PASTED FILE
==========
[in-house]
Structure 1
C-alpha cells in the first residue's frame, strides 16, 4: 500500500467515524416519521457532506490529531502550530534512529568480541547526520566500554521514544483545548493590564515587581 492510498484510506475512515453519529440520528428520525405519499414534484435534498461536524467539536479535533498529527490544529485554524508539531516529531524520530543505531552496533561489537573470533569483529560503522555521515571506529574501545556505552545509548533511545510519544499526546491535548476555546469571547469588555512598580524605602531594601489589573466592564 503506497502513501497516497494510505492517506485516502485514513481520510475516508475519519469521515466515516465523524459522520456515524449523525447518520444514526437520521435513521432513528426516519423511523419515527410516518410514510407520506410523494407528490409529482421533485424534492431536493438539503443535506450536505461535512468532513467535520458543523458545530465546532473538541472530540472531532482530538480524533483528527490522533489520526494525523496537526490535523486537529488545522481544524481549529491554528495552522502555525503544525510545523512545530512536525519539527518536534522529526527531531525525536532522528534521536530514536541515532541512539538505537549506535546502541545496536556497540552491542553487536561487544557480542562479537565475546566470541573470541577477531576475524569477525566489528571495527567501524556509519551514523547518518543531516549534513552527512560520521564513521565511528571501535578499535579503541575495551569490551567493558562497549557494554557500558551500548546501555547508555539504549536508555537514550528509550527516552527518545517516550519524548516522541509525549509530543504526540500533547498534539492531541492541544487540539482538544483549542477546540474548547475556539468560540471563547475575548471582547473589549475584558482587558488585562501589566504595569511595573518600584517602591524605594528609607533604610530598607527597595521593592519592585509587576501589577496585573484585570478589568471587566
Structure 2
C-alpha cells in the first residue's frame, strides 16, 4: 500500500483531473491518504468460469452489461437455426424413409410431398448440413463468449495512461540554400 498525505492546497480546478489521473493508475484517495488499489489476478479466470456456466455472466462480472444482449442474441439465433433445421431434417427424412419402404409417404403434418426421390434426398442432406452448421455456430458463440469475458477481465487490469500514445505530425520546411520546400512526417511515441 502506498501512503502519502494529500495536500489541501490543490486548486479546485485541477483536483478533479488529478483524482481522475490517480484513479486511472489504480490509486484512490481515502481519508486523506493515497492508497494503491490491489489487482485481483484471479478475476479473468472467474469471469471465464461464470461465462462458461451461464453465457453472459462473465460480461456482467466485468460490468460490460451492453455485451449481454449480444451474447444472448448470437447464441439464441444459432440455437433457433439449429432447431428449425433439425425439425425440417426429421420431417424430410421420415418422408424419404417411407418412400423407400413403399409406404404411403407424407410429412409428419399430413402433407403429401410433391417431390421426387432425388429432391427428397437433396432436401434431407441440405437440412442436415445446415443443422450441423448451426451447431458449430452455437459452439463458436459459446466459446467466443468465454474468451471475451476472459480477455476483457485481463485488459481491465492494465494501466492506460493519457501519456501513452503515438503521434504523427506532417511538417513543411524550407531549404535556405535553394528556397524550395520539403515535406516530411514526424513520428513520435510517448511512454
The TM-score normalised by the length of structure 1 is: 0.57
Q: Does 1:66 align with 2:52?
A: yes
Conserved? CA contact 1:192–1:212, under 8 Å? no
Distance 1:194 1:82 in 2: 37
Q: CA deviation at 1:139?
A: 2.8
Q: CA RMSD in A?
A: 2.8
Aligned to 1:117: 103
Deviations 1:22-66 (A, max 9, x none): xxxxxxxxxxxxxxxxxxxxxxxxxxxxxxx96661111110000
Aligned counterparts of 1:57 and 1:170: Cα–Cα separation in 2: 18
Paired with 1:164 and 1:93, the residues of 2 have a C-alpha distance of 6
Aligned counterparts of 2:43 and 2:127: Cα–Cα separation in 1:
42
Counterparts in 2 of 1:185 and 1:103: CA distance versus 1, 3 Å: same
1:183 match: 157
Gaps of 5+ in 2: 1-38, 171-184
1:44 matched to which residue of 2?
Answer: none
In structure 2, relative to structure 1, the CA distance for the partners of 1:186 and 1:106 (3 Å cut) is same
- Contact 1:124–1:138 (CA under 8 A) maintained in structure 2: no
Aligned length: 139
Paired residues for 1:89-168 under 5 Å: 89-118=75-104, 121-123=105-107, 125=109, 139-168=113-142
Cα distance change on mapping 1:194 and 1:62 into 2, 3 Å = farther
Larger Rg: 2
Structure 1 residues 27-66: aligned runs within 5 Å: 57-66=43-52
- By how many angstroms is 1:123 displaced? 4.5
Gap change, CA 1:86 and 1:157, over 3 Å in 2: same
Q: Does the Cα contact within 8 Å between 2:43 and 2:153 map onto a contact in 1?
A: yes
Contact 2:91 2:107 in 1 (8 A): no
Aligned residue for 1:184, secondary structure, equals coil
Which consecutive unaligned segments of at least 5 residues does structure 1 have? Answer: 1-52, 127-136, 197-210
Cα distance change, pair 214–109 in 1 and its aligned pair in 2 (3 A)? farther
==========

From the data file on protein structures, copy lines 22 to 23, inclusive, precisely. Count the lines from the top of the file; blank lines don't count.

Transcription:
1:183 match: 157
Gaps of 5+ in 2: 1-38, 171-184